Okay, so I stole that title from Gurdjieff. But I marginally can lay claim to it for three reasons: One, the title of the same name presently resides in my daughter’s bookshelf (one of the books I acquired and read many years ago) and two, because that general area where Gurdjieff wandered (Transcaucasia: Armenia, Georgia, etc.) – is going to be where I take my next major trip, and last because I am still processing some of the interactions I had with my daughter and her colleagues this past week or so ago.
I learned late last week that my daughter turned down the famous and prestigious French institution, The École Normale Supérieure, in Paris for yet a better opportunity at another great (and better equipped) university in the US to do her 4 year post-doc research working under one of the greatest scientists (in her field) in the world.
Am I proud? Of course. She’ll have her doctorate in bio-chem/bio-physics by November of this year and will start her post-doc work the following month in December. That is ten straight freaking years of university my friend. Something I could never do. She surpassed me educationally five years ago and still has four more years before she formally finishes her education.
At her wedding party on June 30th of this year I had the opportunity to meet some of her professors and colleagues. And I also took the opportunity to get to better know her husband, Ryan who became fully tenured at the rather youthful age of thirty-five.
Two of her professors came up to me and introduced themselves and both told me what an extraordinary student and researcher she was. In fact one of them blathered on for an hour and it was all I could do to finally lose him in the crowd and move onto another slightly less tedious conversation. Yes, it was wonderful to hear my daughter’s praises sung but ten or fifteen minutes would have more than sufficed.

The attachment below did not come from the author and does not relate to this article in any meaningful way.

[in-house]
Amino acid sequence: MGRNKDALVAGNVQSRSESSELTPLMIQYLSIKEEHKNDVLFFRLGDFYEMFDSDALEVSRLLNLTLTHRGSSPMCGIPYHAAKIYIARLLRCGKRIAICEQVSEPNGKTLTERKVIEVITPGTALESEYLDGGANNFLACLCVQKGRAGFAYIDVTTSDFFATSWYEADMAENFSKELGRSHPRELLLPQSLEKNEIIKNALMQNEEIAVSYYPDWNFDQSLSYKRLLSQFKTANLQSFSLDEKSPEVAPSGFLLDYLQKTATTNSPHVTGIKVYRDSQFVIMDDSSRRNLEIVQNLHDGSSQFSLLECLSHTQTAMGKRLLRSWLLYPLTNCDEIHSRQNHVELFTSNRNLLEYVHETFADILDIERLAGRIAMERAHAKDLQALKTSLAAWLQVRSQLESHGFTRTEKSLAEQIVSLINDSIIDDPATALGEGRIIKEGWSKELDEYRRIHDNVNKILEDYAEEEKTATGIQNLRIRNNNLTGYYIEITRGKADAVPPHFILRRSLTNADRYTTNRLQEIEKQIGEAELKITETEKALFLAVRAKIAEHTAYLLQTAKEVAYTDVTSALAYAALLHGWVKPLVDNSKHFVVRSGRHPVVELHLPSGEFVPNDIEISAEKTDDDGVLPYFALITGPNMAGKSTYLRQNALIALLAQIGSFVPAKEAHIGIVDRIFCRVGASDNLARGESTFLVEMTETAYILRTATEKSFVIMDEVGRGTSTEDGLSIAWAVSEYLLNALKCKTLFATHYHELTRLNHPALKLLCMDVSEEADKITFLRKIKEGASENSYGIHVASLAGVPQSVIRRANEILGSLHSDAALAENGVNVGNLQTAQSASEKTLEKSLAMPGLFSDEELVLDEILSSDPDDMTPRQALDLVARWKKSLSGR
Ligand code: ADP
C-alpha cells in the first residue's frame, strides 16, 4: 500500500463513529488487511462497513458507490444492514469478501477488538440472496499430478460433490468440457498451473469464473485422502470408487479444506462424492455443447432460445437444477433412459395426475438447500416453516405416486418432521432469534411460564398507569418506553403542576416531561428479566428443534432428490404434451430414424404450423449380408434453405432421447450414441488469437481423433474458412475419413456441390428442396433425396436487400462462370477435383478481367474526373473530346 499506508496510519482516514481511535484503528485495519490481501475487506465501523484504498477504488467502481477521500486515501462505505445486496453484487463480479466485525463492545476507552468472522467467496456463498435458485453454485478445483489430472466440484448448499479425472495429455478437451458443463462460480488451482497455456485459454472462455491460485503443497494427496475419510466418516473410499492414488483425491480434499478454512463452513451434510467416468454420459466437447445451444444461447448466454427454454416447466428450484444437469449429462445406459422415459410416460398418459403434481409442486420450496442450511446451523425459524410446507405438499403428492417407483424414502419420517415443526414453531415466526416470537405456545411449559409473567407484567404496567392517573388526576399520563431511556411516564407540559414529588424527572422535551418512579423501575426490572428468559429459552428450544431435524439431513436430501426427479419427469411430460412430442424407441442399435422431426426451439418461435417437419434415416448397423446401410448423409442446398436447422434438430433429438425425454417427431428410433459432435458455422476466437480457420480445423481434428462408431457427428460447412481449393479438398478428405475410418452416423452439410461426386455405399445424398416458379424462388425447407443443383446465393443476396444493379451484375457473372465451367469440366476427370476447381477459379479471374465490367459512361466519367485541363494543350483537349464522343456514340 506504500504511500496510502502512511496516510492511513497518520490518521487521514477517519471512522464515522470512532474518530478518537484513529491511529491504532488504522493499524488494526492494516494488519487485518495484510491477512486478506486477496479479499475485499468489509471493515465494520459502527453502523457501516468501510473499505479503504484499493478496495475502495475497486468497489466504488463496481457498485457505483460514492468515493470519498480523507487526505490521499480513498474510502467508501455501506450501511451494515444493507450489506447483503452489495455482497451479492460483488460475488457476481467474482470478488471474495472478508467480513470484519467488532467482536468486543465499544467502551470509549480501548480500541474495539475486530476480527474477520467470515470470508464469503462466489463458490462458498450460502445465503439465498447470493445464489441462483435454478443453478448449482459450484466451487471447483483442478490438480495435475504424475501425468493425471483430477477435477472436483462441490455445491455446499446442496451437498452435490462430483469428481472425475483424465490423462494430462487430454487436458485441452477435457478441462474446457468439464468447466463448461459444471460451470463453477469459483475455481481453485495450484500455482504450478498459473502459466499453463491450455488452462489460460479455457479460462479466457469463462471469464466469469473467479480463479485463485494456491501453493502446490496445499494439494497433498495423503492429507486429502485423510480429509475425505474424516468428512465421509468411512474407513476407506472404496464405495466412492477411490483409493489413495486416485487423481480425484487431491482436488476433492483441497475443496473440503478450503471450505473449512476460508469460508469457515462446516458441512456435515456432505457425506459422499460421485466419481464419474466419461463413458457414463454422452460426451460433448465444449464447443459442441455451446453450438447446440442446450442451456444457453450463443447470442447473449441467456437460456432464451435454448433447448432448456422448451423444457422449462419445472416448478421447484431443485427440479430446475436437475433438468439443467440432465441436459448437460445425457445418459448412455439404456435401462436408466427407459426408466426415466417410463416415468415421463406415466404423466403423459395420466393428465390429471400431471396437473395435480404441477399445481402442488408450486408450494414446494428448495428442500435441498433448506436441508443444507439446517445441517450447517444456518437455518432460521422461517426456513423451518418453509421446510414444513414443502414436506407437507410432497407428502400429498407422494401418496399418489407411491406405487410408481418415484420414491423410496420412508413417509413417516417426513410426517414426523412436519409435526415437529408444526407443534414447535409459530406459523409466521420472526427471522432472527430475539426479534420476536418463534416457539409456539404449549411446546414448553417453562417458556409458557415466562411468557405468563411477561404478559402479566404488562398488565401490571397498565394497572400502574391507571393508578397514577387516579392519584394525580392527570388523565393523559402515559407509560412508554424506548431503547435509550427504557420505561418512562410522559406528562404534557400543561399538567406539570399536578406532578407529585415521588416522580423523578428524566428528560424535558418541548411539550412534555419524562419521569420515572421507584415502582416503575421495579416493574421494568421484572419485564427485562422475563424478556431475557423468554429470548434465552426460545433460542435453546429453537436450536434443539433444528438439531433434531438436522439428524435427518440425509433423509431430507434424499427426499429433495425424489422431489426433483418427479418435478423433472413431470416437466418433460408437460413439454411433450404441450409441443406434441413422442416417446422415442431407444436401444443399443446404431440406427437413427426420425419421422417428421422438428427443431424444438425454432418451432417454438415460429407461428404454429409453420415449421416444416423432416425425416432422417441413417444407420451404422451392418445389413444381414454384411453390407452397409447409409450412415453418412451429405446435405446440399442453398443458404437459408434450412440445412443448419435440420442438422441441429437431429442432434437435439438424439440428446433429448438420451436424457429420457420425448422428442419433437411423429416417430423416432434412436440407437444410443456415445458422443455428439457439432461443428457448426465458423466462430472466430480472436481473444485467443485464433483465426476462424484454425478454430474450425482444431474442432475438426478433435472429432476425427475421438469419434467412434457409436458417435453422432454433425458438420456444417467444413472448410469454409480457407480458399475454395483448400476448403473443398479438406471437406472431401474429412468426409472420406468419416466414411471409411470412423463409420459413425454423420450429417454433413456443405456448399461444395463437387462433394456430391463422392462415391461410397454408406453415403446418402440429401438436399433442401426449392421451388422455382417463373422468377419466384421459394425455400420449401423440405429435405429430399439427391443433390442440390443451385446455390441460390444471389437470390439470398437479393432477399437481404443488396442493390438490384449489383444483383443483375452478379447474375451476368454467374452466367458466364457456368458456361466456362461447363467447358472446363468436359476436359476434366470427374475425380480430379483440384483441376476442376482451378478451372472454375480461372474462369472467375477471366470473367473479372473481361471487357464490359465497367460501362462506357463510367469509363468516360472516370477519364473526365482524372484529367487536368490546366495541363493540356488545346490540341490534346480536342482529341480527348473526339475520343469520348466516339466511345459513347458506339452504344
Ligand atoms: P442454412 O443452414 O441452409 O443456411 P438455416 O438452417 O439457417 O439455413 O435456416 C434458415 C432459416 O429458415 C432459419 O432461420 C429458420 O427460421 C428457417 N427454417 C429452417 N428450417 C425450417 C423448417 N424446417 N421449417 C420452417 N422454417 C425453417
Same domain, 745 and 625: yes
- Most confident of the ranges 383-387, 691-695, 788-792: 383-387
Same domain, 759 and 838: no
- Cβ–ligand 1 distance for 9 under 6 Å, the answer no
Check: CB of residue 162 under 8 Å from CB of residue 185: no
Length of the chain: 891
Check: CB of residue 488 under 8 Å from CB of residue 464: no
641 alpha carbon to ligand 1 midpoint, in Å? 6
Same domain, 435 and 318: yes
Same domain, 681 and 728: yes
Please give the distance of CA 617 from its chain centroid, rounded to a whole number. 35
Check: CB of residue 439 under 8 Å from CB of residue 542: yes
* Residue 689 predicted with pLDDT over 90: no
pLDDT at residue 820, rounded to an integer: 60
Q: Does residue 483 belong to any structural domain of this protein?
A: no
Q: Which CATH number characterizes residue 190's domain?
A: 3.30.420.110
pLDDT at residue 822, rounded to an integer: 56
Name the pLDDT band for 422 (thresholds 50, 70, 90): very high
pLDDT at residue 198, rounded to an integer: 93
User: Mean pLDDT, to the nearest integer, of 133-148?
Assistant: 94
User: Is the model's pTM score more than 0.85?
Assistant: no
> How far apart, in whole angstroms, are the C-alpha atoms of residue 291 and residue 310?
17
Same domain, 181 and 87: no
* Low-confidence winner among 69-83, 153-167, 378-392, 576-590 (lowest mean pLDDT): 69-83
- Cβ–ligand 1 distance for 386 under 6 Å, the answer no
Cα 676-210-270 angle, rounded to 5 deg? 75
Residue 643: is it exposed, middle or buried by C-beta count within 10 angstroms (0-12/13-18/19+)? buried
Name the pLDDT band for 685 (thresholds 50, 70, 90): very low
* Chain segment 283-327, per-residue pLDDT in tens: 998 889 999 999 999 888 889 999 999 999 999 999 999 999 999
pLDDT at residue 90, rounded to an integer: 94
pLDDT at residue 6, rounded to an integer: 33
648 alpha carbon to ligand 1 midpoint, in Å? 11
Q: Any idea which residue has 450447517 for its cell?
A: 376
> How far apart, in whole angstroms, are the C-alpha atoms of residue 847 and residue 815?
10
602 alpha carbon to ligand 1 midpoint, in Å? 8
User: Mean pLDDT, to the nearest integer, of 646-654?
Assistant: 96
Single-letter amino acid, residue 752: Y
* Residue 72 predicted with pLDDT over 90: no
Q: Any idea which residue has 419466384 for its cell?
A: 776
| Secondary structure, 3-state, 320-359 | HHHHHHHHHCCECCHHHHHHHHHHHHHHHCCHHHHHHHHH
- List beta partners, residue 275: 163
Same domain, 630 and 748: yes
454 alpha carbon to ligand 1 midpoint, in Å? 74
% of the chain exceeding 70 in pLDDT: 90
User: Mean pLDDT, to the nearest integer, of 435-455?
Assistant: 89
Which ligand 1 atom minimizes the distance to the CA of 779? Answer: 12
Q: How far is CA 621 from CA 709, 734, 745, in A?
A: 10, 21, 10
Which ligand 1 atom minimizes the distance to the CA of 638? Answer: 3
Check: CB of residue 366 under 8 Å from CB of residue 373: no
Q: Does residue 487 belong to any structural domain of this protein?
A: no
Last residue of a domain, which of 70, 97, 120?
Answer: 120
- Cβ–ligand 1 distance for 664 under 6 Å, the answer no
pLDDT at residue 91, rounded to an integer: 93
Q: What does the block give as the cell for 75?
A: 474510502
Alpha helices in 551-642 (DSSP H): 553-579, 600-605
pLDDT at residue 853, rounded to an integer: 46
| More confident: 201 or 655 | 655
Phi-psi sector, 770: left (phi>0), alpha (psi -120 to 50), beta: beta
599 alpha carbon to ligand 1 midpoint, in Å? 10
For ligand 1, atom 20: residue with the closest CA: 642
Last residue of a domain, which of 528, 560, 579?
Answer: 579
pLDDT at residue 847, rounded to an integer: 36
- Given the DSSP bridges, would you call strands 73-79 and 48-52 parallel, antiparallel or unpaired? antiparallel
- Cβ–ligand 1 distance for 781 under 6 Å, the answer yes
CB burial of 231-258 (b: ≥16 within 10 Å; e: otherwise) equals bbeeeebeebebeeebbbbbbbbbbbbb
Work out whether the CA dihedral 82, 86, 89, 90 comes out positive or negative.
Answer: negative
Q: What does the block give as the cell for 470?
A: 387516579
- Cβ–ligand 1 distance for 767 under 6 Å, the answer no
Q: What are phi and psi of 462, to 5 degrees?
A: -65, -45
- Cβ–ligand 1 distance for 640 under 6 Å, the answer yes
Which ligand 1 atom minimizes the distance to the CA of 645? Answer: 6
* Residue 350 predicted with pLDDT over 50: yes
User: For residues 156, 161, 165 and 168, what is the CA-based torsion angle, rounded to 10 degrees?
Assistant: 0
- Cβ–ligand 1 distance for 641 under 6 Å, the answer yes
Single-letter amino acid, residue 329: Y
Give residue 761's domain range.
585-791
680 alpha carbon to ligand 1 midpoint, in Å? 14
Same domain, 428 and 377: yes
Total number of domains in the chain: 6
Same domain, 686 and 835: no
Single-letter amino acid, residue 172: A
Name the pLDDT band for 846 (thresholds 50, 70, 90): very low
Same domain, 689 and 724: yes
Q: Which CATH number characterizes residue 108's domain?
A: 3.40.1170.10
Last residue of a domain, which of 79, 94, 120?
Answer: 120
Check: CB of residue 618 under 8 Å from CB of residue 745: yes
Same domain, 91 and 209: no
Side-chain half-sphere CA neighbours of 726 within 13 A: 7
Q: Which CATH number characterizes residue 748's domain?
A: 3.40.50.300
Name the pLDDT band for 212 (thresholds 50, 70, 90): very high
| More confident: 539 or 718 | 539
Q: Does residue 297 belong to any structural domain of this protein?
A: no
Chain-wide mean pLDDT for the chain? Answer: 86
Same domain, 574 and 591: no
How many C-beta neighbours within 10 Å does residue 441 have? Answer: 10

Note: He does cancer research so probably the greater part of the hour was more about how my daughter was assisting him in his research. Which is interesting because a) Sarah had never mentioned it to me and b) she volunteered inasmuch as he’s in an entirely different department and she took on that additional workload, gratis. (And yes it was tedious because he lost me five minutes into the conversation.)
He was one of the many very well educated and incredibly intelligent people at her party. In fact no where else in my life have I seen so many remarkable people gathered together in one place at the same time.
I respect learning – I hold learning to be at the very center of what constitutes the ideal man. In my humble opinion, if you’re not busy learning, you’re letting your life slip away.
I am not just speaking here about formal learning. Take Gurdjieff for example. He was obsessed with learning. In fact he devoted his entire life to it.
I still read up on technology some. I am especially fascinated at the rate of change in the field of electronics and information technology. But what really interests this soon to be retired old man are in the little things. The details hidden amidst the common day to day occurrences of our lives.
I read something the other morning that suggested it wasn’t what you owned (or how much you owned) that mattered but rather it were the things you appreciated that gave value and meaning to your life.
I admire that sentiment.
PS – An interesting idea was presented to me to a few days ago after I gave a rather superficial comment on some cigars I had smoked – this was one of those lost in the details ‘aha’ moments when we sometimes miss the bigger picture because of our prejudices.
The idea put before me was – and I quote – “The [new] cigars I sent present a challenge – they will hopefully make you move away from the Lusitania type of sweetspots to new taste and flavor sensations. I don’t expect you to like them all, since taste is subjective and everyone’s palate is different; also what we just ate can affect how cigars taste, but as I’ve said previously, I’ve enjoyed every single one of them before, and want you to experience them.”
After digesting this piece of wisdom I have looked deeper (or tasted deeper) of the last couple of cigars I smoked and I have to say I appreciated them more. Yeah, they weren’t of the most excellent Cuban Partagas Lusitania’s perfectness but I learned to appreciate them (the Oliva Series V Melanio Robustos) for what they were; also tremendously great cigars. Just different.